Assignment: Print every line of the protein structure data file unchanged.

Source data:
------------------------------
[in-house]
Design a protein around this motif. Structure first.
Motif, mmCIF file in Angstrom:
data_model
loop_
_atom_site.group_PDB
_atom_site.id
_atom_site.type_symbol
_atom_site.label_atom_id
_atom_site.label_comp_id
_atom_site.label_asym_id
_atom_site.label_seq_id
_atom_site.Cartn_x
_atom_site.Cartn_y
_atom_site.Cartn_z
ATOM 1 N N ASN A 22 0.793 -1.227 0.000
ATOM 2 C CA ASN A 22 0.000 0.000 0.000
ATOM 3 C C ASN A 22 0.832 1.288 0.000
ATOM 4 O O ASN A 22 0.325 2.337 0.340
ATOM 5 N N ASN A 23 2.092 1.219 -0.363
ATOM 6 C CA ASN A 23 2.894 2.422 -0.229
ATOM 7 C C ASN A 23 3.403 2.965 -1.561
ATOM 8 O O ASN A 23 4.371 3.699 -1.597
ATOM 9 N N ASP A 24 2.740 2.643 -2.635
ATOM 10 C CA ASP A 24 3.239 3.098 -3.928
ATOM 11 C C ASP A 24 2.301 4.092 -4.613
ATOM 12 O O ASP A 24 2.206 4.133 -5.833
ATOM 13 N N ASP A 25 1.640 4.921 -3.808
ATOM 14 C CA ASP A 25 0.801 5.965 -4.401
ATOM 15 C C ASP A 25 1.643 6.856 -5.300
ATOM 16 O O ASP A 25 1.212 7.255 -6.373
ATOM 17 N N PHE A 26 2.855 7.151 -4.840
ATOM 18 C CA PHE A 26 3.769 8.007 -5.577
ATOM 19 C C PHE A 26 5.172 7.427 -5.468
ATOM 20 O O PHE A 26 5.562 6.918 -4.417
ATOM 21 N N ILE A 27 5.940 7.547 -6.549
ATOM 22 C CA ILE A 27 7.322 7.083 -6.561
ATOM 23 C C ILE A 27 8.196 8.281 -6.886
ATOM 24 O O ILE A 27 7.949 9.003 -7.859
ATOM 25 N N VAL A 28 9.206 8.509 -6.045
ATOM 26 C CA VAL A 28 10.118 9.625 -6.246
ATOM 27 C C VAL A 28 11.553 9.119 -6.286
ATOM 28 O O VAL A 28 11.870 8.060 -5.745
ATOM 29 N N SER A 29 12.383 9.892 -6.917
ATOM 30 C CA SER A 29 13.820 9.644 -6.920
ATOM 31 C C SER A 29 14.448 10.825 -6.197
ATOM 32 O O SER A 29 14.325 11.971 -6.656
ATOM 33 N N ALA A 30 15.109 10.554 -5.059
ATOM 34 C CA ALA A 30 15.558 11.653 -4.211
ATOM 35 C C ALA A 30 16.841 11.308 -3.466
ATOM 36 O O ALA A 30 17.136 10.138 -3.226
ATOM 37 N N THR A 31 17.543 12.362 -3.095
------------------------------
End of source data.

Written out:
[in-house]
Design a protein around this motif. Structure first.
Motif, mmCIF file in Angstrom:
data_model
loop_
_atom_site.group_PDB
_atom_site.id
_atom_site.type_symbol
_atom_site.label_atom_id
_atom_site.label_comp_id
_atom_site.label_asym_id
_atom_site.label_seq_id
_atom_site.Cartn_x
_atom_site.Cartn_y
_atom_site.Cartn_z
ATOM 1 N N ASN A 22 0.793 -1.227 0.000
ATOM 2 C CA ASN A 22 0.000 0.000 0.000
ATOM 3 C C ASN A 22 0.832 1.288 0.000
ATOM 4 O O ASN A 22 0.325 2.337 0.340
ATOM 5 N N ASN A 23 2.092 1.219 -0.363
ATOM 6 C CA ASN A 23 2.894 2.422 -0.229
ATOM 7 C C ASN A 23 3.403 2.965 -1.561
ATOM 8 O O ASN A 23 4.371 3.699 -1.597
ATOM 9 N N ASP A 24 2.740 2.643 -2.635
ATOM 10 C CA ASP A 24 3.239 3.098 -3.928
ATOM 11 C C ASP A 24 2.301 4.092 -4.613
ATOM 12 O O ASP A 24 2.206 4.133 -5.833
ATOM 13 N N ASP A 25 1.640 4.921 -3.808
ATOM 14 C CA ASP A 25 0.801 5.965 -4.401
ATOM 15 C C ASP A 25 1.643 6.856 -5.300
ATOM 16 O O ASP A 25 1.212 7.255 -6.373
ATOM 17 N N PHE A 26 2.855 7.151 -4.840
ATOM 18 C CA PHE A 26 3.769 8.007 -5.577
ATOM 19 C C PHE A 26 5.172 7.427 -5.468
ATOM 20 O O PHE A 26 5.562 6.918 -4.417
ATOM 21 N N ILE A 27 5.940 7.547 -6.549
ATOM 22 C CA ILE A 27 7.322 7.083 -6.561
ATOM 23 C C ILE A 27 8.196 8.281 -6.886
ATOM 24 O O ILE A 27 7.949 9.003 -7.859
ATOM 25 N N VAL A 28 9.206 8.509 -6.045
ATOM 26 C CA VAL A 28 10.118 9.625 -6.246
ATOM 27 C C VAL A 28 11.553 9.119 -6.286
ATOM 28 O O VAL A 28 11.870 8.060 -5.745
ATOM 29 N N SER A 29 12.383 9.892 -6.917
ATOM 30 C CA SER A 29 13.820 9.644 -6.920
ATOM 31 C C SER A 29 14.448 10.825 -6.197
ATOM 32 O O SER A 29 14.325 11.971 -6.656
ATOM 33 N N ALA A 30 15.109 10.554 -5.059
ATOM 34 C CA ALA A 30 15.558 11.653 -4.211
ATOM 35 C C ALA A 30 16.841 11.308 -3.466
ATOM 36 O O ALA A 30 17.136 10.138 -3.226
ATOM 37 N N THR A 31 17.543 12.362 -3.095